Glass Half Full Phase

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Fred Wilson: The Word Bubble: There will come a time when the environment we are in will be in the rear view mirror. And entrepreneurs should be crystal clear about that. This is a time to raise money and sock it away for a rainy day. Because it will rain. ...... deals are actually companies and most venture investments are held for five to seven years. I've likened them to marriages over the years. Don't let the lust for the deal lead to a bad marriage that you have to be in for the next decade. ...... we are in the glass is half full part of the cycle. Investors are focusing on the upside and ignoring the downside. That part of the investment cycle lasts for a while and then things change and investors focus on the downside and ignore the upside. Markets are defined by greed and fear. We are in the greed mode right now
I will have to agree. A lot of people sat on a lot of money for about two years. But money does not want to sit still. Money wants to grow. And right now it feels like the basketball that was held at the bottom of the pool was let go. It is not going to end at the surface. It will eventually. But first it will go into the air a little. We are in the air a little phase.

But this is no bubble. I don't see an imminent industry wide collapse. Going out of business also happens in the restaurant business, all the time, but that does not mean the restaurant business is going through a bubble.

In the late 1990s the internet was a haze, a promise. But now the internet is going everywhere, into every sector, all over the world. A lot of very real wealth is being created. This ride will last at least six, seven years, I think.

"The fundamentals are strong," like Chris Dixon likes to say. One third of his companies are profitable on seed money.

The music business is a good one to look at. Very few of the aspiring bands will end up a U2 or a Madonna, but many, many will make a living making music full time, more so than in the previous eras. Something similar will happen in the internet sector. There will be lots and lots of companies that will get profitable and stay there. They will not get bought, they will not go IPO. What's there to complain?

There will be plenty of failed companies. Investors will lose money. Sure. The best ones will. Union Square Ventures was recently called officially the best VC firm in the world based on the kind of returns they have shown on their money, and they expect fully one third of their companies to go down. And that's a good VC firm. There are bad ones that expect none of their companies to go down, and all their companies go down. The failures will be there, guaranteed.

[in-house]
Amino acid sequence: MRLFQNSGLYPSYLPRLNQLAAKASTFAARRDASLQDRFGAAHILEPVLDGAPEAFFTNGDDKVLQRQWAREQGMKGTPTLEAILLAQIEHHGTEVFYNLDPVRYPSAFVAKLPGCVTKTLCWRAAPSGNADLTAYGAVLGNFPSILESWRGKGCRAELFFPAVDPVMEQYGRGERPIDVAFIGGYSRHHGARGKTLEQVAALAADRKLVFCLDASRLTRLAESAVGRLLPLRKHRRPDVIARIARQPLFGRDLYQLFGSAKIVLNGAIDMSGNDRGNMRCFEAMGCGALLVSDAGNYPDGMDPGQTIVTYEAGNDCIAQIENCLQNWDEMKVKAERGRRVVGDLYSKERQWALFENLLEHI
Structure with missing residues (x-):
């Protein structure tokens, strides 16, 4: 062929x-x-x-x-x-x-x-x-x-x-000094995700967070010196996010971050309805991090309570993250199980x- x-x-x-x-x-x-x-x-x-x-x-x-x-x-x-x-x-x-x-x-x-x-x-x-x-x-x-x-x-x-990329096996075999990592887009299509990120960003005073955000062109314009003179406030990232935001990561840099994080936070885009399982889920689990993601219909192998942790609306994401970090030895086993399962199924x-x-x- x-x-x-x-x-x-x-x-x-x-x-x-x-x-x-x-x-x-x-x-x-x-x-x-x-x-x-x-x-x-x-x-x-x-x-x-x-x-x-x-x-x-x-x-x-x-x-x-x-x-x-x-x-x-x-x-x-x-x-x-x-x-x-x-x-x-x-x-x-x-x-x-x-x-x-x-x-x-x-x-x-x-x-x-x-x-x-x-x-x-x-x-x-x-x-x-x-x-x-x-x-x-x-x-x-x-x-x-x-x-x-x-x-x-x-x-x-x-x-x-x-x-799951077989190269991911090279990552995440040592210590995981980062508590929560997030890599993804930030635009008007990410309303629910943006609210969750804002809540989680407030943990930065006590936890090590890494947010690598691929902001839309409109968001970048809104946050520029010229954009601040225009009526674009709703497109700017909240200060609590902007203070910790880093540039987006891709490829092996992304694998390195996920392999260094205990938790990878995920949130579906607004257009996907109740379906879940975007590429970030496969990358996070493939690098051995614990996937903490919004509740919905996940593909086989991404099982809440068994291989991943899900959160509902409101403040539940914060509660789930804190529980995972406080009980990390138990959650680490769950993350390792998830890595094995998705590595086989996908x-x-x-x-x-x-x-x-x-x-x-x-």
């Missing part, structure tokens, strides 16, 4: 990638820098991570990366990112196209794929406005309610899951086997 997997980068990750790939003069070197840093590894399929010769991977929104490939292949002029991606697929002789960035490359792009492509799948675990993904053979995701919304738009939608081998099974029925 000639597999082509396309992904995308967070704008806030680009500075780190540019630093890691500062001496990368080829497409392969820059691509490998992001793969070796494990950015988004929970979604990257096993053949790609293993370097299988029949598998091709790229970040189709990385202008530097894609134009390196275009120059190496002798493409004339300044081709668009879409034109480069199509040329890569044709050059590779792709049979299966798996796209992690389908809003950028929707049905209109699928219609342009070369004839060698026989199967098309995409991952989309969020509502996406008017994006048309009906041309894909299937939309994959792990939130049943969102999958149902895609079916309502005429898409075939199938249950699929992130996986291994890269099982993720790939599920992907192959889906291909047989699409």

But overall the internet sector is in great shape. At the end of the decade we will call this a boom decade.

A Mini Bubble Burst In Three Years

And even this glass half full phase I don't expect to end by Christmas. This phase might have a good two, three year run. And then corrections will kick in. Right now the mistake to make is to get too optimistic, then the mistake to make will be to get too pessimistic.

To You I Offer Buddhism And Yoga

The most important thing to note right now is some very real wealth is being created. There is good to great news.

Bubble, Boom Or Froth?
Bubble Talk Goes On: It's An Overshoot
Is It A Bubble?
Mike Arrington: We’re In The Middle Of A Terrible Blubble!: because they were out buying Internet stocks in 2000 instead of doing their jobs and reporting on the fairly obvious signals that the Nasdaq was about to implode. They won’t get caught with their pants down and their hand out again. Declare a bubble early and declare it often. ...... whatever is happening today in tech is absolutely nothing like what happened in 1999-2000. If you weren’t in the industry then, it’s understandable that you’d be concerned when you see Facebook being valued at up to $70 billion in private transactions ...... a Blubble. Because there is a lot of whining going on. ...... It was clear by the late 90s that this Internet thing had legs. And everyone wanted to be at the party. People flocked to Silicon Valley to take jobs like “Business Development Manager.” ...... When I left the law firm I was working at I became VP of Business Development the startup I joined, a former client. I was running the sales group too within a few months. I was 29 and had never sold anything in my life. But there I was, doing deals and in the thick of things. My stock options, Morgan Stanley told me, were worth over $40 million. ........ by 2001 I was basically broke and moved to London where I learned to appreciate drinking heavily at lunch every day because that’s what you did in London. ....... As a lawyer I sat in board meetings for my clients. And in those meetings I saw very well known venture capitalists tell these companies to spend as much money as they could as fast as they could, and then raise a bunch more and spend that as fast as they could ...... 2000 Bubble: Raise at least $100 million in venture capital. Spend! Hire everyone (particularly sales people)! Get revenue by any means necessary! Go Public! Sell Your Stock! Run! ........ 2011 Blubble: Drag blubbering angel investors into Series A rounds valuing your company at $6 million instead of $4 million. Hire engineers, lots of them, as many as you can. Don’t hire non-engineers or other overhead people unless you absolutely have to (thus the dearth of VP Biz Devs around). Balance fast growth with low burn (through cost controls or profitability). If you happen to have started Facebook, Groupon or Zynga, capitalize on your massive profitability by doing big late stage rounds that value you at something like 30x forward profits (which isn’t that crazy). If you’ve founded Twitter and have no revenue, capitalize on the massive worldwide cultural impact you’ve created instead.
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